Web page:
Sunday, 6 January 2008

The UK housing shortage - busting the myth


There is an almost universial belief that the UK suffers from a shortage of houses. This belief, or more accurately myth, is invariably thrown out as the ultimate justification for the unprecedented growth of property prices over the last ten years.

It is not true - there are plenty of homes in the UK. In fact, there are millions of houses - about 28 million to be a little more precise.

Recent trends in rents provides some of the most compelling evidence refuting the housing shortage myth. Over the last ten years, rents have increased by an average of 2.9 percent. This is fractionally above the CPI inflation rate, and and somewhat lower than the RPI inflation rate. It is also about the same rate of growth as wages.

If there was a general shortage of houses in the UK, then rents should have increased sharply. That is what supply and demand is all about. If something is in short supply, then the price - i.e. rents - should increase. As the chart above clearly demonstrates, that simply has not happened.

Rather than suffering from a chronic shortage of homes, the UK has suffered from a terrible speculative bubble. People have been misled into thinking that houses are in short supply and they have speculated on continuing price appreciation. The banks have gone along with this scam and provided the financing for this madness. The result has been an explosion in household indebtedness.

Bubbles can not continue for ever, and the UK housing bubble has only recently begun to evaporate. Interestingly, 2007 was the first year in a decade where rents and house prices increased by the same rate.

(For those interested in the data souces, rents are from the ONS CPI rental index - the ONS code is D7CE. Data for 2007 is for the 12 month increase up to November. The Halifax provided the housing index. Again, data for 2007 is the 12 month increase up to November.)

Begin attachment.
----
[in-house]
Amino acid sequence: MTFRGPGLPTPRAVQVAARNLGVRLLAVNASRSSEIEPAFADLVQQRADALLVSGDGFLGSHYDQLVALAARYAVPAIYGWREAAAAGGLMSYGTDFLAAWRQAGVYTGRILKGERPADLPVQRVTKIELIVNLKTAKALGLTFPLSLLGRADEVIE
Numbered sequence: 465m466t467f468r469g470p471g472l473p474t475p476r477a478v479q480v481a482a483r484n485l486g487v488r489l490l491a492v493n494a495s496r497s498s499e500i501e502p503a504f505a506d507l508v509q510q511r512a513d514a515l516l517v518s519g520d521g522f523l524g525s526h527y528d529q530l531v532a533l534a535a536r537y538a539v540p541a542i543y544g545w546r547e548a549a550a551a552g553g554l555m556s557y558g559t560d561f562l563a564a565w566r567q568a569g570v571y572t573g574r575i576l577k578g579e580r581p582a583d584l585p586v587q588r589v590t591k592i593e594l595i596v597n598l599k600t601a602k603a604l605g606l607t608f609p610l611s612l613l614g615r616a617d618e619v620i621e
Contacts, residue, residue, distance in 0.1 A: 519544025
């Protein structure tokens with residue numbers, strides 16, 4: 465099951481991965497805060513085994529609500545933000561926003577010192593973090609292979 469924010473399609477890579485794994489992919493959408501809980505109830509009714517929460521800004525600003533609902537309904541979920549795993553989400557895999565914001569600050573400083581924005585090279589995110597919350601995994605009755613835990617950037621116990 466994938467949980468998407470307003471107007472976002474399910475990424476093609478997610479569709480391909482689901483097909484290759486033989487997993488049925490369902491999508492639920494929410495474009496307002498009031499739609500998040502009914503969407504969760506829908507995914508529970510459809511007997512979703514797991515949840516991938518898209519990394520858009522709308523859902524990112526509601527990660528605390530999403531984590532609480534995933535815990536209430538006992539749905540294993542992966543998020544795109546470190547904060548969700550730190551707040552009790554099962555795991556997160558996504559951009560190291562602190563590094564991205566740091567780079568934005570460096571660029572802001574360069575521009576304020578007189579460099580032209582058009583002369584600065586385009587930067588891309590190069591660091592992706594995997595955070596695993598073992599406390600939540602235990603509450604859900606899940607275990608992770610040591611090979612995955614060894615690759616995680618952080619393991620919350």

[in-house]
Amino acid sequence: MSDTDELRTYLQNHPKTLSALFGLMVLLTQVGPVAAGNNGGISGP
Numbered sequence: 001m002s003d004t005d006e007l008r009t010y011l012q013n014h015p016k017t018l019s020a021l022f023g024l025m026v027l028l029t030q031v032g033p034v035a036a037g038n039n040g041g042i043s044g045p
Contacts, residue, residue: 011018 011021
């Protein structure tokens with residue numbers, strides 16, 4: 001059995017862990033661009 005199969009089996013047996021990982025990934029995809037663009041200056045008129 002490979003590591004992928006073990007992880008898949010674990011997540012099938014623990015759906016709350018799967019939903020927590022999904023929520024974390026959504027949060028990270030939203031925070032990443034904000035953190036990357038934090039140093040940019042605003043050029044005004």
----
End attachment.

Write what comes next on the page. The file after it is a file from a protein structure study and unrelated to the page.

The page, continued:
4 comments:

trraderboy said...

i reckon the rent numbers are about right in your chart. rents haven't really done much since i moved to london in the late 90's, going on one of my first places back then, a central london flat, the rent on that has increased about 2.8% per annum over the last 8-9 years, or 25% total. meanwhile i estimate the price has probably just over doubled.

anyway back to the main point of your story...yes there are plenty of houses, and they just keep on building them, especially outside london. if you don't think there is enough land in the UK, just take a train or car ride across the country, or even a flight on a clear day, all you can see is grassland/farmland, and it's rapidly being built up.

Markbaldy said...

True - I bought a place back in 1996 as an investment and the rental income has gone up by a total of about 13% total.
The value of the property has almost trebled however.
Luckily I bought it cheap and have no mortgage so it is still viable as a form of income. Buy to let investors who bought in the last few years are definitely in for a rough ride however.

PhilBest said...

That is someone in the UK saying that....? Are you MAD? The UK is insanely short of houses by anyone's measure.

The thing with rentals, is that they are artificially low precisely because there are huge numbers of houses that have been bought by speculators looking for capital gains; the amount of rental these people can get is of low importance to them.

PhilBest said...

Land supply issues are absolutely crucial.

http://www.heritage.org/Research/SmartGrowth/bg2247.cfm

Wendell Cox and Ronald Utt: "Don't Regulate the Suburbs: America Needs a Housing Policy that Works".

It has a chapter on the UK situation.

The research of Oliver Marc Hartwich is also very instructive regarding the approach to housing development that prevented Germany and some other European nations from having a housing price bubble.

http://www.policyexchange.org.uk/publications/publication.cgi?id=47

The "Demographia Institute" annual surveys are also vital.